Connor had stopped just inside the doorway and was looking out through the nearly complete wall of glass. Sadly, the rest of the room was mostly empty. I had a huge bed, because I tended to sleep in Olympian form when I was here, and it was covered in the finest linens that the staff had been able to find, rich soft fabric that draped like thick water and always smelled of sunlight.
They had made me curtains, too, graceful billowing things that kept the room cool and glowed in the moonlight on clear nights.
I didn’t keep much of a wardrobe, and what I did was kept in a closet that was nearly the size of my original temple, it seemed like. Nyx was working on that though – I had blatantly admired her style, and she had challenged me to develop my own. I was trying, but it was a slow process.
So often I didn’t feel like I belonged here, but after running with the Pack and the goddesses, it was clear that Scotland wasn’t going to be enough for me anymore.
Connor looked like he belonged here, though, handsome as any satyr immortalized in bronze or oil paint. Even wearing his human face, with his slightly tatty old kilt showing off his legs and his hair mussed and his horns barely showing, he was still powerfully, viscerally masculine in this place that seemed to be lacking something. I wasn’t quite sure what it was, but he exacerbated its absence.
I shook my head again. I had felt these pangs from time to time, the want for more than just a consort, to go through the happy ritual that I had overseen and blessed a thousand times or more, but it wasn’t for me. The ache would pass. It always did.
“Hes, you’re not a particularly minimalist goddess, are you?” he asked, surprising me.
“Not really, although I don’t wallow in luxury like some of my family,” I said, looking at him.
“Why’s this place as empty as a park bench in a Highland rainstorm. You don’t even have any art on the walls, just…nothin’. The view is pretty and all, but my lady, you clearly don’t live here.”
“I’ve never really gotten into the habit of collecting useless things.” The words sounded harsh as soon as they left my lips, and it startled me.
“Art isn’t useless, love. It feeds the soul. No trophies even? Not even weapons. D’you even have any music here?”
“In the kitchen, yes, there’s a thing I talk to and it plays -”
Connor turned to face me, his arms crossed over his chest. “That’s not what I mean, and you know it. Where’s the life here? Outside of the kitchen.”
“I..don’t know. Help me?” The words escaped before I could bite them back, and I got a smile.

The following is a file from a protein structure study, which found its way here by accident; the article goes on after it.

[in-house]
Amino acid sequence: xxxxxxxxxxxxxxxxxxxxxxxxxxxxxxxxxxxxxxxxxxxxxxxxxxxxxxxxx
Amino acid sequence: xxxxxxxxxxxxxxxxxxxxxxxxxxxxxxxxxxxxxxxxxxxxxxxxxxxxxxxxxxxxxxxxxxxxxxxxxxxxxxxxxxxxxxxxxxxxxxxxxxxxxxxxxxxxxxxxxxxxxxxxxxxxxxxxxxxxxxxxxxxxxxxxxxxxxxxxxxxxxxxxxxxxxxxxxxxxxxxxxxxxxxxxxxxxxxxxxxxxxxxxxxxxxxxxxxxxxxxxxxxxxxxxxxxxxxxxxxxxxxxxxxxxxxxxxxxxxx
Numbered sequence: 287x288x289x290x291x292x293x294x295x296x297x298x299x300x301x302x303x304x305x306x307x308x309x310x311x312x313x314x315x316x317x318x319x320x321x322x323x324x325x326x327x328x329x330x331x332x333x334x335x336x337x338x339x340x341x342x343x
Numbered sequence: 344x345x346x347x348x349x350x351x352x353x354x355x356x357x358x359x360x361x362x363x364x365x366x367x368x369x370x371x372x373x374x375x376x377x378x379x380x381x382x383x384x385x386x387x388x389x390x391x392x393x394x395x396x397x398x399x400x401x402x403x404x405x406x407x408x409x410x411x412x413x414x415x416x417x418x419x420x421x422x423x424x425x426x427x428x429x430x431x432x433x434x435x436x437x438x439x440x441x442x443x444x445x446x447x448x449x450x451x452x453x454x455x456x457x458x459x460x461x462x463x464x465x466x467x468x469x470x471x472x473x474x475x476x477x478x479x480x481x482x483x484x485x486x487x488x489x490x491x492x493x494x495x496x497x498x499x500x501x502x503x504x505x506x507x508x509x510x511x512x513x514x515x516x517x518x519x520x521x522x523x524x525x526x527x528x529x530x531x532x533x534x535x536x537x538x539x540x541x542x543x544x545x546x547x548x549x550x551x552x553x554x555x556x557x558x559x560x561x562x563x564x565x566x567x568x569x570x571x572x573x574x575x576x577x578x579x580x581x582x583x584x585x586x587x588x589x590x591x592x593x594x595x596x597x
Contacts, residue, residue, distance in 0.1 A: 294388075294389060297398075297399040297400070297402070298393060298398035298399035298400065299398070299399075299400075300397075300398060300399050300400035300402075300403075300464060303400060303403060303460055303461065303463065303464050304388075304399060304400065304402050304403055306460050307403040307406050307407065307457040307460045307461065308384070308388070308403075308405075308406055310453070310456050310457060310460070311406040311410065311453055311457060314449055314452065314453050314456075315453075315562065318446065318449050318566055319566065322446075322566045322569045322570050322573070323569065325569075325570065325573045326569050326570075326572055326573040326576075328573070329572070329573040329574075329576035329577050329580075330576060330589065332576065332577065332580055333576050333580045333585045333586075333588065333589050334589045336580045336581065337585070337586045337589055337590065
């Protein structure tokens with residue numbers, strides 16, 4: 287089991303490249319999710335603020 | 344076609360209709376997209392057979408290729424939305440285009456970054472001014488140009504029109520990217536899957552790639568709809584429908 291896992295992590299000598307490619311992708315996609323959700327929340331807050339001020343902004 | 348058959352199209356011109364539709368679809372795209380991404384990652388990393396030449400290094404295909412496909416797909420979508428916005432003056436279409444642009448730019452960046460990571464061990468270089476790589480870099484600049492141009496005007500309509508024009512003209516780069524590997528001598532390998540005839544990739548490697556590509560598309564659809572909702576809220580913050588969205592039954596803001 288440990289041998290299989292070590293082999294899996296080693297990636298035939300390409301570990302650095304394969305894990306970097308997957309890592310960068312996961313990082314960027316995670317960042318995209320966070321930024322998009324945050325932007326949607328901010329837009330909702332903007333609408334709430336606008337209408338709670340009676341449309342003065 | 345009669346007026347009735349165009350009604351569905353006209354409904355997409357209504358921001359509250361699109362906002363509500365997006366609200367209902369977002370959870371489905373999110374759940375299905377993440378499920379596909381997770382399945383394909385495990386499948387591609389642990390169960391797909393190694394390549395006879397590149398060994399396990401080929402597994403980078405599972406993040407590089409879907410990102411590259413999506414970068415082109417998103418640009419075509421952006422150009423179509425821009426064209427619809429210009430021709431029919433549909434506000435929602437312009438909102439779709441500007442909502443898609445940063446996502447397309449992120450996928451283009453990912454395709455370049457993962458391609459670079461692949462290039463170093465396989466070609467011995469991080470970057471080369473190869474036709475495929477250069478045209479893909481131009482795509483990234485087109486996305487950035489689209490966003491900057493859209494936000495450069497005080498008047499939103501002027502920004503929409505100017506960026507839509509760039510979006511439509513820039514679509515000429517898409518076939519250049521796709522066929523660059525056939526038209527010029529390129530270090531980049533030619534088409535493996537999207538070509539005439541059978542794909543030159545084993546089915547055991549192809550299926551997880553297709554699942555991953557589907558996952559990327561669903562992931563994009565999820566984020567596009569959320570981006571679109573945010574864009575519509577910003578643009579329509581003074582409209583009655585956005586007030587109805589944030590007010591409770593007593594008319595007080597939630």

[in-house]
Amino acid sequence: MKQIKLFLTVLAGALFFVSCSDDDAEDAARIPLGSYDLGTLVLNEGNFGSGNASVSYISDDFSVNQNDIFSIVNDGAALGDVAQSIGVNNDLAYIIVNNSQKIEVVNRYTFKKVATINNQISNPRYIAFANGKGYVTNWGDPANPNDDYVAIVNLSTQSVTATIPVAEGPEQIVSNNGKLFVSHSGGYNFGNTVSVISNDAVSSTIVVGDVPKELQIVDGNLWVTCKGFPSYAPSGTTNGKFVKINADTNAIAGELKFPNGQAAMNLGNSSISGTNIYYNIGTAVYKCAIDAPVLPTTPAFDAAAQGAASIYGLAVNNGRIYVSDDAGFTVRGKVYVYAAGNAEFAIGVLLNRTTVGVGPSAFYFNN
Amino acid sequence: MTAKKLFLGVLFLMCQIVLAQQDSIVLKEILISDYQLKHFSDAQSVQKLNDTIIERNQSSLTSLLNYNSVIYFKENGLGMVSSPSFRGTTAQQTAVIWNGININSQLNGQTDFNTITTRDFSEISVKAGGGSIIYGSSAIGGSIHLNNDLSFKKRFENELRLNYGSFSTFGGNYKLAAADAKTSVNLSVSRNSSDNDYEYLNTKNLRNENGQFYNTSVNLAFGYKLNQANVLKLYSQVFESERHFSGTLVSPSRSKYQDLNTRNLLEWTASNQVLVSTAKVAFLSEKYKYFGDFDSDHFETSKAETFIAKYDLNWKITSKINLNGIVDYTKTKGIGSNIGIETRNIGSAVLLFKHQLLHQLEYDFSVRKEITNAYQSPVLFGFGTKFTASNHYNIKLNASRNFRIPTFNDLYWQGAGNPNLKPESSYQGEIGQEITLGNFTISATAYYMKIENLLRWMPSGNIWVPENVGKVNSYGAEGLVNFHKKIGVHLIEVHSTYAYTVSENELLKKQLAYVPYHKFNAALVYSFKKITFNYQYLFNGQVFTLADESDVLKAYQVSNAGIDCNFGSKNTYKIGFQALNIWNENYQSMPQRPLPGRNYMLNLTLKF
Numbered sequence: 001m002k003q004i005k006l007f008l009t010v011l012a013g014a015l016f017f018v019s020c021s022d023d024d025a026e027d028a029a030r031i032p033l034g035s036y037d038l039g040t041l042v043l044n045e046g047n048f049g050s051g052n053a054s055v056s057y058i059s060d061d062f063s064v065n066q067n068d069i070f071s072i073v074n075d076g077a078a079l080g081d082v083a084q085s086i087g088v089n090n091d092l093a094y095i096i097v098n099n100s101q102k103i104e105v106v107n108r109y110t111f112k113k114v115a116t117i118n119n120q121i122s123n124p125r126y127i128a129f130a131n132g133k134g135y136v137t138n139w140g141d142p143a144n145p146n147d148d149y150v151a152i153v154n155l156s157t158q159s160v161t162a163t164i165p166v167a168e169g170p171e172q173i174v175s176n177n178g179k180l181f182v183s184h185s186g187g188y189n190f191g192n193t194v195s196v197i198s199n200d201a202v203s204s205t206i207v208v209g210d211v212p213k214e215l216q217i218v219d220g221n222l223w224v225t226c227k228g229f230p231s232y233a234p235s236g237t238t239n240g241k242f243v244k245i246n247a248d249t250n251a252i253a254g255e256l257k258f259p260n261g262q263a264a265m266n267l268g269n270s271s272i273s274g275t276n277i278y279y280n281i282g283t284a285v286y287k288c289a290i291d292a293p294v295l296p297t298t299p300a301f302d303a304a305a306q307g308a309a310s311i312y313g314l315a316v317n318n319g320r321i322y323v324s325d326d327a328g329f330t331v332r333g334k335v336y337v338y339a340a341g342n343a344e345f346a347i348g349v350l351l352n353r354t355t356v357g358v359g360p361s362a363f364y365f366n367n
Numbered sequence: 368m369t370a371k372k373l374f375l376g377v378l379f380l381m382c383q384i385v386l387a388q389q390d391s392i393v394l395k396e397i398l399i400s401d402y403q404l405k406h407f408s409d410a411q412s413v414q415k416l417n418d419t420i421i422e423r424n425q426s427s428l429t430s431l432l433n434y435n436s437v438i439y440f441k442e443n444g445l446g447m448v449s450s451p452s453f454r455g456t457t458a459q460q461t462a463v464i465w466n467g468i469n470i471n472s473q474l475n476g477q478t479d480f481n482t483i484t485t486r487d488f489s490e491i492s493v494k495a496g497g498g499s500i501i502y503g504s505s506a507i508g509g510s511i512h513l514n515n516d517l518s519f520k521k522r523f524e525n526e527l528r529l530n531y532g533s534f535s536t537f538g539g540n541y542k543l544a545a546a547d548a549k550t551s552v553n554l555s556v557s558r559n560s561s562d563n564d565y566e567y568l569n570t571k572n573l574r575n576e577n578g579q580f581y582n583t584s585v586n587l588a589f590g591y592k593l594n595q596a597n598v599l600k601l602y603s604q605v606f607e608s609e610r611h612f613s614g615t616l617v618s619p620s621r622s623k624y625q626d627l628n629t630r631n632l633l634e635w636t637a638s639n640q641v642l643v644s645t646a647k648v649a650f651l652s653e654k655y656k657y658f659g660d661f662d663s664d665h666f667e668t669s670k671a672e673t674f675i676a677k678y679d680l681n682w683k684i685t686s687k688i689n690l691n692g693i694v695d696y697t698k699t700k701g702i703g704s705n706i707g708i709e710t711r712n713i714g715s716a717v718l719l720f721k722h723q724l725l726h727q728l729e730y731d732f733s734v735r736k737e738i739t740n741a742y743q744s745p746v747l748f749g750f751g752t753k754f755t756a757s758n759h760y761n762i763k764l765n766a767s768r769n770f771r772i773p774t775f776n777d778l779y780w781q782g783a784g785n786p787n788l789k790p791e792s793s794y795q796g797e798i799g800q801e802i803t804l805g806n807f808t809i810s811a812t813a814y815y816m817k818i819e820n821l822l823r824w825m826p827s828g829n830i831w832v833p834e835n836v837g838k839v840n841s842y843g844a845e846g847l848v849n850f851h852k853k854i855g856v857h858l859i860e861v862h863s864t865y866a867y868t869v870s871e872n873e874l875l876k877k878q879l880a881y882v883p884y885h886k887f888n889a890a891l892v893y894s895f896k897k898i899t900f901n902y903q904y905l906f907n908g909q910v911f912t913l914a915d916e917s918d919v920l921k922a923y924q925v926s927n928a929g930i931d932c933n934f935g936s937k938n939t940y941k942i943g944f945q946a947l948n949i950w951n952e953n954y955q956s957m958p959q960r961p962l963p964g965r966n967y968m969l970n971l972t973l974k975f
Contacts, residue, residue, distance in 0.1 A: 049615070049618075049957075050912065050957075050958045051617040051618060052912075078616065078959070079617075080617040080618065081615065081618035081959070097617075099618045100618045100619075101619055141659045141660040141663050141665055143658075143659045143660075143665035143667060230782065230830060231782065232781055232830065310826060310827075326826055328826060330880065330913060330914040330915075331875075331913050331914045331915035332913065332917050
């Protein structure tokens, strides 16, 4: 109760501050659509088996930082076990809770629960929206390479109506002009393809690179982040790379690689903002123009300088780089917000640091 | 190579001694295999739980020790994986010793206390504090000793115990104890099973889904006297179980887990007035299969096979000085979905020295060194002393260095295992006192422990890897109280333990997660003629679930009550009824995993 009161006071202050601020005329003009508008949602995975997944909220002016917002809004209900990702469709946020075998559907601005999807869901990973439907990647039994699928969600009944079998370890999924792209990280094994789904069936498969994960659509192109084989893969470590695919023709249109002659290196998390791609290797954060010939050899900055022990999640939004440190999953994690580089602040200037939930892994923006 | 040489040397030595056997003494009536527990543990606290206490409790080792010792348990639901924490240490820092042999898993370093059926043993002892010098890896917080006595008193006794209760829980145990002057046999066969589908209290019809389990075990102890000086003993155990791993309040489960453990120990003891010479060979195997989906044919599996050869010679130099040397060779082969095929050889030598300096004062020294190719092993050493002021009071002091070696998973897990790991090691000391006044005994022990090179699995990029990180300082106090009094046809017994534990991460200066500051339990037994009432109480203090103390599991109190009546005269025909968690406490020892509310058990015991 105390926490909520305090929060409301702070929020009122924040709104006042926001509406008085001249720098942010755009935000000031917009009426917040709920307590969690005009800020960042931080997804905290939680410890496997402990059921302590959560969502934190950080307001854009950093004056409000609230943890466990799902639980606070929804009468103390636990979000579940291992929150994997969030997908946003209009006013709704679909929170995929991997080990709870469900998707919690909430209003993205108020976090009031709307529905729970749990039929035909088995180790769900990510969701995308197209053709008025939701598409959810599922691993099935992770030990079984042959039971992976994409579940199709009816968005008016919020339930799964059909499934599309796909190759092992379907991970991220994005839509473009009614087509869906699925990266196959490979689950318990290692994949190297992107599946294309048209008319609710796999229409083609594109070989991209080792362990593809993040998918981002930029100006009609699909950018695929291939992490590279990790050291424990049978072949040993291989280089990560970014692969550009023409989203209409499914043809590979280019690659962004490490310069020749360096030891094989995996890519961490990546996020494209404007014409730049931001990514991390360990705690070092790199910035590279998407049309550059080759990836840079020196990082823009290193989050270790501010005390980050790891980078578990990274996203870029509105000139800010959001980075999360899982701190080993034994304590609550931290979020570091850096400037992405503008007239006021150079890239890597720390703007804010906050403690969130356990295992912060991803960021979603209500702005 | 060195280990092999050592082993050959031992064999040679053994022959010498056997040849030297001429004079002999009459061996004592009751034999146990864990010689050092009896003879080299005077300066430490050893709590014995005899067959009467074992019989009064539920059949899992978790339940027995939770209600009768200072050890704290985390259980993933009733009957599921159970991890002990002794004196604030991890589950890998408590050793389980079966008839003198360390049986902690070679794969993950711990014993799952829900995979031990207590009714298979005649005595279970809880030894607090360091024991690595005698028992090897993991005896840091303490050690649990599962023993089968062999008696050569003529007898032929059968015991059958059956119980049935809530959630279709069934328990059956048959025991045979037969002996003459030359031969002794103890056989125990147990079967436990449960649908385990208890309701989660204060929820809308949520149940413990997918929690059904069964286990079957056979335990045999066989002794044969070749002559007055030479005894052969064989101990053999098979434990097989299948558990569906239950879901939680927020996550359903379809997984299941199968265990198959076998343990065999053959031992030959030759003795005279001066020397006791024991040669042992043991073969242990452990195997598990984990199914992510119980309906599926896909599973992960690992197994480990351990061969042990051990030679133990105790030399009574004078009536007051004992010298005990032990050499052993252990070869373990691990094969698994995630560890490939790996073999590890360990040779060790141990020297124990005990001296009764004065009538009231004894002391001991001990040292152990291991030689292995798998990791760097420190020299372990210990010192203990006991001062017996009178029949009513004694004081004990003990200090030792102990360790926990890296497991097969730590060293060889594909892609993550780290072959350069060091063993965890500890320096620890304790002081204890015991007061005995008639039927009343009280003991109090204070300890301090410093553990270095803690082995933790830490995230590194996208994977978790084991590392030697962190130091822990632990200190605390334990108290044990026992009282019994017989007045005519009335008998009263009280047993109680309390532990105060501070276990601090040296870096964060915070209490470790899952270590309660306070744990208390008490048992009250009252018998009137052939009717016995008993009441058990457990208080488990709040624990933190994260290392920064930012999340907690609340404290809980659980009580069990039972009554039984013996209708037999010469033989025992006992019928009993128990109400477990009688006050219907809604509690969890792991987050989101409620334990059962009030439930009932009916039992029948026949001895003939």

“Oh, aye, since you’ve asked. I’ll help you live, and not just exist to feed people and keep a fire goin’. Now, where’s this closet of yours? Lady Night’s party is soon, and you aren’t wearing that same old brown and cream dress you’ve been wearing for forever and a day.”
He looked down at me, and there was a challenge in his eyes.
“Or maybe I’ll knock Iain about the head and shoulders and dance wi’ the pretty huntress instead, aye?”
I mock-growled at him, and he reached out and lightly tapped the tip of my nose.
“Come now, my lady, it’s time you came home for real. Leave behind the greens and browns of the Highlands and take your place by the bonfire. Be a satyr’s girl, for once in your life. Dance under the moon with me, for Equinox?”
He gathered me into his arms and began dancing me around the room, the graceful slide-step of the turning of the seasons, the slow rotation that symbolised the Earth moving through her path among the stars.
“Of course I’ll dance with you, Connor,” I said, and he pulled me even closer, and just as he leaned in for a kiss, I heard the front door chime.
“Lady Hestia? You have a client meet-..oh, my apologies, my lady!” It was my erstwhile assistant, Bruna – a capable and usually exceptionally unflappable young lady that had been sent to me by Moxie, to run Hearthfire while I was out running across the world. Right now she was blushing, clear to the roots of her hair. You would think we were in flagrante, not dancing about my room fully clothed.
“Oh, don’t worry, wee lassie, I was just makin’ sure her Ladyship was in a good mood for her meetin’,” Connor said, and turned a satyr’s grin on Bruna, which only deepened the blush. I kicked him in the shin, and the grin flinched not a bit.
“I’ll just, er, that is, I’ll reschedule -”
“No, Bruna, I’ll see them in my office in two minutes,” I said, and she fled like a startled rabbit back into the safety of the foyer.
“Connor mhac Dougal mhac Seamus mhac Hector,” I began, and he laughed and leaned down, kissing my cheek.
“Only four generations back, I’m not in real trouble. Off with you, my lady, while I see what I can do to make this place look like someone lives in it and you’re no waitin’ for a photoshoot. Go on, I promise I won’t go strewin’ my socks around the place if I’m left unattended for half an hour.”
With my own cheeks a bit pink, I walked back through the kitchen, stopping by the nectar room for a breath of contentment.
Client meeting. Right.
Got to keep the Hearthfire burning.